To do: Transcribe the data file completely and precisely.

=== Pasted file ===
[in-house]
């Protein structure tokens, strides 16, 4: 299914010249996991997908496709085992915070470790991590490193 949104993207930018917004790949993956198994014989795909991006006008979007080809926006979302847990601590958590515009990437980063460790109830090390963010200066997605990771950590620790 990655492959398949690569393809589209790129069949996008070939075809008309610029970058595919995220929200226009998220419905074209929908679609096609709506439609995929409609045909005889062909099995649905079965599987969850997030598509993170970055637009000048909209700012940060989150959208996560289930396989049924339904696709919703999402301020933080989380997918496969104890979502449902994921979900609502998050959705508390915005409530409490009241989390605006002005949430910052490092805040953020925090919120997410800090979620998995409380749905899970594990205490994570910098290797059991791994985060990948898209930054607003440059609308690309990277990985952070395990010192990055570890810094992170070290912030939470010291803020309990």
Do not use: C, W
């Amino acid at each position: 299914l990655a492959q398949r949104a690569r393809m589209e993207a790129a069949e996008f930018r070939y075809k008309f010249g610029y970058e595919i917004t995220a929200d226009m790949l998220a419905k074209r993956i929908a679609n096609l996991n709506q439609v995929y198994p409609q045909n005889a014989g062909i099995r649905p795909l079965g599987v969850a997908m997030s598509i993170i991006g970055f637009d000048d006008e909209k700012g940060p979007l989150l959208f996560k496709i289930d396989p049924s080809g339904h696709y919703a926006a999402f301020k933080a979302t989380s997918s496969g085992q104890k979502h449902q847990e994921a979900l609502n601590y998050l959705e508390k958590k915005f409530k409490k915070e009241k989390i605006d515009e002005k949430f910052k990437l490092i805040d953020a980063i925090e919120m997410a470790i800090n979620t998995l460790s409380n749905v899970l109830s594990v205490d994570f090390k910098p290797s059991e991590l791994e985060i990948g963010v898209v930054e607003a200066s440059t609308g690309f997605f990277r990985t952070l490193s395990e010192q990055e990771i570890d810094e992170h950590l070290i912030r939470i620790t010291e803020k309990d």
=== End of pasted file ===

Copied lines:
[in-house]
């Protein structure tokens, strides 16, 4: 299914010249996991997908496709085992915070470790991590490193 949104993207930018917004790949993956198994014989795909991006006008979007080809926006979302847990601590958590515009990437980063460790109830090390963010200066997605990771950590620790 990655492959398949690569393809589209790129069949996008070939075809008309610029970058595919995220929200226009998220419905074209929908679609096609709506439609995929409609045909005889062909099995649905079965599987969850997030598509993170970055637009000048909209700012940060989150959208996560289930396989049924339904696709919703999402301020933080989380997918496969104890979502449902994921979900609502998050959705508390915005409530409490009241989390605006002005949430910052490092805040953020925090919120997410800090979620998995409380749905899970594990205490994570910098290797059991791994985060990948898209930054607003440059609308690309990277990985952070395990010192990055570890810094992170070290912030939470010291803020309990």
Do not use: C, W
């Amino acid at each position: 299914l990655a492959q398949r949104a690569r393809m589209e993207a790129a069949e996008f930018r070939y075809k008309f010249g610029y970058e595919i917004t995220a929200d226009m790949l998220a419905k074209r993956i929908a679609n096609l996991n709506q439609v995929y198994p409609q045909n005889a014989g062909i099995r649905p795909l079965g599987v969850a997908m997030s598509i993170i991006g970055f637009d000048d006008e909209k700012g940060p979007l989150l959208f996560k496709i289930d396989p049924s080809g339904h696709y919703a926006a999402f301020k933080a979302t989380s997918s496969g085992q104890k979502h449902q847990e994921a979900l609502n601590y998050l959705e508390k958590k915005f409530k409490k915070e009241k989390i605006d515009e002005k949430f910052k990437l490092i805040d953020a980063i925090e919120m997410a470790i800090n979620t998995l460790s409380n749905v899970l109830s594990v205490d994570f090390k910098p290797s059991e991590l791994e985060i990948g963010v898209v930054e607003a200066s440059t609308g690309f997605f990277r990985t952070l490193s395990e010192q990055e990771i570890d810094e992170h950590l070290i912030r939470i620790t010291e803020k309990d």